Avian Conservationist Hopes to Inspire Next Generation with Children's Book

Sep 1, 2017

Author Katie Fallon was inspired, in part, by her own children to write the book, Look, See the Bird! In the book, Fallon writes about children from different parts of the world. It's an imaginary trip across parts of the world, and the perspectives of migratory birds help guide the story.

Fallon is a board member with the Avian Conservation Center of Appalachia, a non-profit group that’s dedicated to preserving the region’s wild birds. She’s currently teaching non-fiction writing classes at West Virginia Wesleyan College. 

She recently released a book called VULTURE: The Private Life of an Unloved Bird. West Virginia Public Broadcasting last spoke with Katie in 2011 after she released CERULEAN BLUES: A Personal Search for a Vanishing Songbird.

In this interview, Inside Appalachia host Jessica Lilly talk with Katie about the book she co-authored called, Look, See the Bird!

The children's book shares voices from kids observing birds in different countries. It also includes a scene from Cooper's Rock in West Virginia that was inspired by an actual visit with her own children.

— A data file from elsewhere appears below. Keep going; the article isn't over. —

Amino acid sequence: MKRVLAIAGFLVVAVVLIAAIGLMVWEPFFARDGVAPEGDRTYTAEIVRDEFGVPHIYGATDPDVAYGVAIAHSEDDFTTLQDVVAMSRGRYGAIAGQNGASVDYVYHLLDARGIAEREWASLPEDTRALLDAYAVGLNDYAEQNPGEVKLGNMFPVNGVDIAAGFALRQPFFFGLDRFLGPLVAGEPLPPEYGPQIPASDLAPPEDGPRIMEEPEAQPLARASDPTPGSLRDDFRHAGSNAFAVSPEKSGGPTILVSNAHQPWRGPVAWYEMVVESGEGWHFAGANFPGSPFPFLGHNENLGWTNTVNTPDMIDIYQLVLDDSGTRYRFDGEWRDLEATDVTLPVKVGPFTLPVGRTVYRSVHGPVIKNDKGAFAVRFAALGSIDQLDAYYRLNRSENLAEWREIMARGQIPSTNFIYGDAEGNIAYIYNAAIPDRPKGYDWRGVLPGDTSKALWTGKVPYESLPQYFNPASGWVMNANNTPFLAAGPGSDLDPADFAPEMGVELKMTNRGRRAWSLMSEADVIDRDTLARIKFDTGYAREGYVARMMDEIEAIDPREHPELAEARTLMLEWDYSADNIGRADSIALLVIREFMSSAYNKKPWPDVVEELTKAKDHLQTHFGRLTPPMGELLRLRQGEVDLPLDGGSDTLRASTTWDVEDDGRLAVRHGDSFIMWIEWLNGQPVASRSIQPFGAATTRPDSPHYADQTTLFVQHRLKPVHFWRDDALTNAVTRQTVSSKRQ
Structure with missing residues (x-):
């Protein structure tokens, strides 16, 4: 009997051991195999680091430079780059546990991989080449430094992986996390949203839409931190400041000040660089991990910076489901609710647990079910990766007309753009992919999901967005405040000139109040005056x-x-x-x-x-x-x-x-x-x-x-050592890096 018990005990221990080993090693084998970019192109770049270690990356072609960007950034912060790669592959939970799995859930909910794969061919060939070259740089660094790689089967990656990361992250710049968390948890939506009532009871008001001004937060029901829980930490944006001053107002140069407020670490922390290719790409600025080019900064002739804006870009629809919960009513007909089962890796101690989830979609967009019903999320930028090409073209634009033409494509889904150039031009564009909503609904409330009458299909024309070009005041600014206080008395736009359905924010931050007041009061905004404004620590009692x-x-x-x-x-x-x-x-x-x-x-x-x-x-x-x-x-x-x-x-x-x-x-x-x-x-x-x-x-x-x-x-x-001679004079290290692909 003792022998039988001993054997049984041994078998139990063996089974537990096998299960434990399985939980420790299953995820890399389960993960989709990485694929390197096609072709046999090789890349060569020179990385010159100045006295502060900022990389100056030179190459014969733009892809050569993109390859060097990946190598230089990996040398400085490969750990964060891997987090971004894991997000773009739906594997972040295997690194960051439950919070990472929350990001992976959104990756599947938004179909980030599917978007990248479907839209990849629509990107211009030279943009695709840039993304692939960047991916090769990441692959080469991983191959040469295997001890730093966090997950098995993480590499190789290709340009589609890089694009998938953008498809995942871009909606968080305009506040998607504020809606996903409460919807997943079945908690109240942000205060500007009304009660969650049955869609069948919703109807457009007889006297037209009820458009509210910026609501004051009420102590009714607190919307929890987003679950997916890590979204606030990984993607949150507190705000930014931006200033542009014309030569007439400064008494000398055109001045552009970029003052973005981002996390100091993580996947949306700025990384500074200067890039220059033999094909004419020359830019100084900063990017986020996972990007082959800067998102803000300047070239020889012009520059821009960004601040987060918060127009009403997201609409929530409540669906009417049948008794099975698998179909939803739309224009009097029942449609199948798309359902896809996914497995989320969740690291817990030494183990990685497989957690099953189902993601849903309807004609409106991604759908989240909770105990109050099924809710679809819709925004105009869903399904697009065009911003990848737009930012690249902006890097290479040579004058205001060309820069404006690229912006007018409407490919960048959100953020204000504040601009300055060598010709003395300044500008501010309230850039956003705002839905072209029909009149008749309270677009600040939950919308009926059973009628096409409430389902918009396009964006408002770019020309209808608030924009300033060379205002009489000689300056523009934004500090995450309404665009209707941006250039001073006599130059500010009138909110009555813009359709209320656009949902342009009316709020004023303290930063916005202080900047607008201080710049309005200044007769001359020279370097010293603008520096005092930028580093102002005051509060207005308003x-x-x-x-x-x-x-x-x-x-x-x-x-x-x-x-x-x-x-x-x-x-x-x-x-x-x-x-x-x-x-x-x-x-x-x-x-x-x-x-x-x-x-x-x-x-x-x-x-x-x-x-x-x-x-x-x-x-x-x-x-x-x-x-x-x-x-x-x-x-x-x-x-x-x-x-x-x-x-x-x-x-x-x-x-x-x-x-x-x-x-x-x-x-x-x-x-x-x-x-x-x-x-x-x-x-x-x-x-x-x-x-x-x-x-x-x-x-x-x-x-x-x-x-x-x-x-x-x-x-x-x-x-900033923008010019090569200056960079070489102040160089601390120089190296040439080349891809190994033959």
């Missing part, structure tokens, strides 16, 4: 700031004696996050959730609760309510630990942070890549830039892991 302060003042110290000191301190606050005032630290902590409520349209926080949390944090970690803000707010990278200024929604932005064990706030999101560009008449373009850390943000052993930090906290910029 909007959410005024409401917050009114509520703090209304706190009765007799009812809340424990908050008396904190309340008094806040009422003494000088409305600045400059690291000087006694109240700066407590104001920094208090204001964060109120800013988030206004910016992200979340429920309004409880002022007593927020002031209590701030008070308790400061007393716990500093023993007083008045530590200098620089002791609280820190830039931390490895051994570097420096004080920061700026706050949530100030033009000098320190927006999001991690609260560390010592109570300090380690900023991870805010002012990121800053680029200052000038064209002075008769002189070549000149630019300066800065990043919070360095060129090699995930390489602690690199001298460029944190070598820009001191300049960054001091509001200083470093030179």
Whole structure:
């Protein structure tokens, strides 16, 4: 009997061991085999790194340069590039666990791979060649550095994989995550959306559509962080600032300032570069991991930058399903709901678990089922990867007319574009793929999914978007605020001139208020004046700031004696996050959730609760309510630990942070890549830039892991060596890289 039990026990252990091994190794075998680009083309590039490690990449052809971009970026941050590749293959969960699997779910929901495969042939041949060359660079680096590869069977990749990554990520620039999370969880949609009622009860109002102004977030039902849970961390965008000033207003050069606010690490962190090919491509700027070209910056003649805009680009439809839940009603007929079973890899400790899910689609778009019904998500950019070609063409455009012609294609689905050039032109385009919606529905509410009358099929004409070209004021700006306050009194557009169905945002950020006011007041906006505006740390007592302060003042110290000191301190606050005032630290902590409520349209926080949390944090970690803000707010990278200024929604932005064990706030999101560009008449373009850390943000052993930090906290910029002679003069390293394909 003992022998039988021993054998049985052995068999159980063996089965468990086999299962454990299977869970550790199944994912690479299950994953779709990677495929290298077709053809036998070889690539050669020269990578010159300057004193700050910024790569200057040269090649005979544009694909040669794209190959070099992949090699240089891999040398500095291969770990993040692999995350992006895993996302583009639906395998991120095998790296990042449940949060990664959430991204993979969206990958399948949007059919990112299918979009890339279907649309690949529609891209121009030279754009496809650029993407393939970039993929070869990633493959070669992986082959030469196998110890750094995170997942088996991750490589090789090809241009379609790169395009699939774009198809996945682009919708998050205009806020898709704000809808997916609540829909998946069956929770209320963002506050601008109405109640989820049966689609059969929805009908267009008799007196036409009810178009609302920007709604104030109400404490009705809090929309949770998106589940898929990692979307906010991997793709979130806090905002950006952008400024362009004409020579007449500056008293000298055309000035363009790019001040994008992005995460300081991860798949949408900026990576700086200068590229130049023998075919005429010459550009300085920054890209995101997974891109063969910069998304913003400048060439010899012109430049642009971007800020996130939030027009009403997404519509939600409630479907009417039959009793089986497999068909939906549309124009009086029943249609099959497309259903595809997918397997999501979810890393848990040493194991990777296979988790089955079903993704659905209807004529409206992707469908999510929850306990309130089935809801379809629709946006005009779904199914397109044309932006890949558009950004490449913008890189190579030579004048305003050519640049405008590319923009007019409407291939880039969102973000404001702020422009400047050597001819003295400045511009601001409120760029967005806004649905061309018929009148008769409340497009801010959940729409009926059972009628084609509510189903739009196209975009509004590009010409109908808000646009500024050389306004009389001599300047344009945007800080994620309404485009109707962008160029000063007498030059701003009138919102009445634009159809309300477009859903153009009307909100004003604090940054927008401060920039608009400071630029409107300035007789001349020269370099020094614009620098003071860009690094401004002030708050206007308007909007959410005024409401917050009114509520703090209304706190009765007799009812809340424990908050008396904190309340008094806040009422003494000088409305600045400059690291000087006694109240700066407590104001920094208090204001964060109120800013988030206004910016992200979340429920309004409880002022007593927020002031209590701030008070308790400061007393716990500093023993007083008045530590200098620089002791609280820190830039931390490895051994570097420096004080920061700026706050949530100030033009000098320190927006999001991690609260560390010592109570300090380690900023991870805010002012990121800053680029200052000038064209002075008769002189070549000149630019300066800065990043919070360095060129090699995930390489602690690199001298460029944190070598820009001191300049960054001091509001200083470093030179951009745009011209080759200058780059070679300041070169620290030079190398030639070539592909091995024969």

"So Cooper's Rock State Forest is right up the road from us where we live outside of Morgantown," Fallon said. "So we go to Cooper's Rock very very often especially in the fall in the summertime. And when you sit at the overlook and watch that cheat river far below there are often Broadway hawks that fly just off the overlook."

Fallon says she wanted to encourage children to observe birds because birds often go overlooked and it's a great way to get outside.

"I think that sometimes in our everyday lives we forget that we are part of an ecosystem also," Fallon said. "We're not just you know walking around looking at our phones we're participating in an ecosystem with everything we do. And I think that birds can help connect us to that."

By including characters that are from different countries, the book introduces different cultures to children. 

"We wanted to show that birds are really the connection between kids from different cultures kids who speak different languages, kids who might never get to meet each other in real life," Katie said. 

Fallon also wanted to raise awareness about the rare birds in West Virginia.

"Cerulean warbler is the fastest declining songbird in North America and we have a lot of them here in West Virginia," she said. "We have more breadings and warblers than any other state. Cerulean spend the winters on coffee farms. They use coffee farms in Central America during migration and then some of them end up spending the winter on coffee farms in Colombia and Venezuela. Unfortunately since the 70's a lot of primary forests in the tropics has been cut down to make way for coffee."

Katies says she hopes the book sparks an interest in conservation, migration and culture for children.

This interview was part of the Inside Appalachia podcast in an episode called Hidden Gems Inside Appalachia.